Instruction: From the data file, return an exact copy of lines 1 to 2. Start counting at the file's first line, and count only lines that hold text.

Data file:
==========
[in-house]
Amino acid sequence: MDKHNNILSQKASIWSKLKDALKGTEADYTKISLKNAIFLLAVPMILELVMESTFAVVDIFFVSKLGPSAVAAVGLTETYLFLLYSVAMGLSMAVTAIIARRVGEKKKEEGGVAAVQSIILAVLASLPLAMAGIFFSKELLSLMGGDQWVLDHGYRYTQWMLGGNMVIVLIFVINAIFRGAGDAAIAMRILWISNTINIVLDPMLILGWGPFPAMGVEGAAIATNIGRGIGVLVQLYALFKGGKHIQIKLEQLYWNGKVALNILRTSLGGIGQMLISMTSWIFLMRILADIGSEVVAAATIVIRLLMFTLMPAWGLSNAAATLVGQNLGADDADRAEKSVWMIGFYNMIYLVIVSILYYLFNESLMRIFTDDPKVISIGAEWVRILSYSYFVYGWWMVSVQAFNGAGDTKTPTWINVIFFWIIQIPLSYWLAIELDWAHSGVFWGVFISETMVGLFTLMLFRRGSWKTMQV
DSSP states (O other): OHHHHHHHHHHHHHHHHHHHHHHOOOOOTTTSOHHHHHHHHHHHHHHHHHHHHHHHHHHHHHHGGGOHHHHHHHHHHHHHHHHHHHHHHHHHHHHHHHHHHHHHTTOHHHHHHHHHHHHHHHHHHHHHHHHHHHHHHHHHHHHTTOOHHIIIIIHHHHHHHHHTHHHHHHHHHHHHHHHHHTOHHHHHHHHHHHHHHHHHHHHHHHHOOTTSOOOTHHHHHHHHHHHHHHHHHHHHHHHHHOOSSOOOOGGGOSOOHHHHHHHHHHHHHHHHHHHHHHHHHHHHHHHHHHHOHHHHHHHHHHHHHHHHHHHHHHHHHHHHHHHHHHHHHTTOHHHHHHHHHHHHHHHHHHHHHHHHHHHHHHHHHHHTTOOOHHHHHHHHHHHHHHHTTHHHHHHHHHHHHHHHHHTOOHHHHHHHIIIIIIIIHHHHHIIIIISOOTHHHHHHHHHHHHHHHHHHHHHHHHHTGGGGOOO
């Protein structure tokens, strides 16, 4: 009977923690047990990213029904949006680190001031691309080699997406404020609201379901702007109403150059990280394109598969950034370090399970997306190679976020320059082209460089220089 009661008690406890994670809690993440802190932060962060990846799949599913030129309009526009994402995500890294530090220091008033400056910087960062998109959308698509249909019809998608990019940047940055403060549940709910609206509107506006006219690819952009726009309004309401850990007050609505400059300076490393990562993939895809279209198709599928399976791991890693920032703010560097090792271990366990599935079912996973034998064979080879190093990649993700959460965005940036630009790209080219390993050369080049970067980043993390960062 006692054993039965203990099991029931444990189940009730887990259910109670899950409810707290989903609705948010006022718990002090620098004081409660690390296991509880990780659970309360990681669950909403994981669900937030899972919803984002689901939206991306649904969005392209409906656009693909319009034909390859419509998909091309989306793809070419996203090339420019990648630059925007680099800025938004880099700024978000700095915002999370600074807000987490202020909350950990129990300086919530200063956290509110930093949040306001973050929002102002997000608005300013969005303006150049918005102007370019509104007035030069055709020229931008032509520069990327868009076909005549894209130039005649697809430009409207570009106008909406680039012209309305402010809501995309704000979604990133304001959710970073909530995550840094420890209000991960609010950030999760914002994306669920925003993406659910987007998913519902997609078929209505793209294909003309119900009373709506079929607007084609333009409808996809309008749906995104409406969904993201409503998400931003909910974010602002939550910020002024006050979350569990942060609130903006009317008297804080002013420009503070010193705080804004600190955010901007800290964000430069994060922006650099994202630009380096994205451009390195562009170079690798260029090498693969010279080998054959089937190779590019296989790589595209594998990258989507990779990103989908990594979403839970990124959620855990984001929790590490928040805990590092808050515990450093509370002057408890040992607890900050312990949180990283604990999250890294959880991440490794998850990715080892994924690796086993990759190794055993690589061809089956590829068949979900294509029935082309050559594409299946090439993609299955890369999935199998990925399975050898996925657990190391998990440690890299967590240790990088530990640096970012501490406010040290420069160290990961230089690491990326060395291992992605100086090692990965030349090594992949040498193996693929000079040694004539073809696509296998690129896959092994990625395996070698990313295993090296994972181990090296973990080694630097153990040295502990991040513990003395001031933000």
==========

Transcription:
[in-house]
Amino acid sequence: MDKHNNILSQKASIWSKLKDALKGTEADYTKISLKNAIFLLAVPMILELVMESTFAVVDIFFVSKLGPSAVAAVGLTETYLFLLYSVAMGLSMAVTAIIARRVGEKKKEEGGVAAVQSIILAVLASLPLAMAGIFFSKELLSLMGGDQWVLDHGYRYTQWMLGGNMVIVLIFVINAIFRGAGDAAIAMRILWISNTINIVLDPMLILGWGPFPAMGVEGAAIATNIGRGIGVLVQLYALFKGGKHIQIKLEQLYWNGKVALNILRTSLGGIGQMLISMTSWIFLMRILADIGSEVVAAATIVIRLLMFTLMPAWGLSNAAATLVGQNLGADDADRAEKSVWMIGFYNMIYLVIVSILYYLFNESLMRIFTDDPKVISIGAEWVRILSYSYFVYGWWMVSVQAFNGAGDTKTPTWINVIFFWIIQIPLSYWLAIELDWAHSGVFWGVFISETMVGLFTLMLFRRGSWKTMQV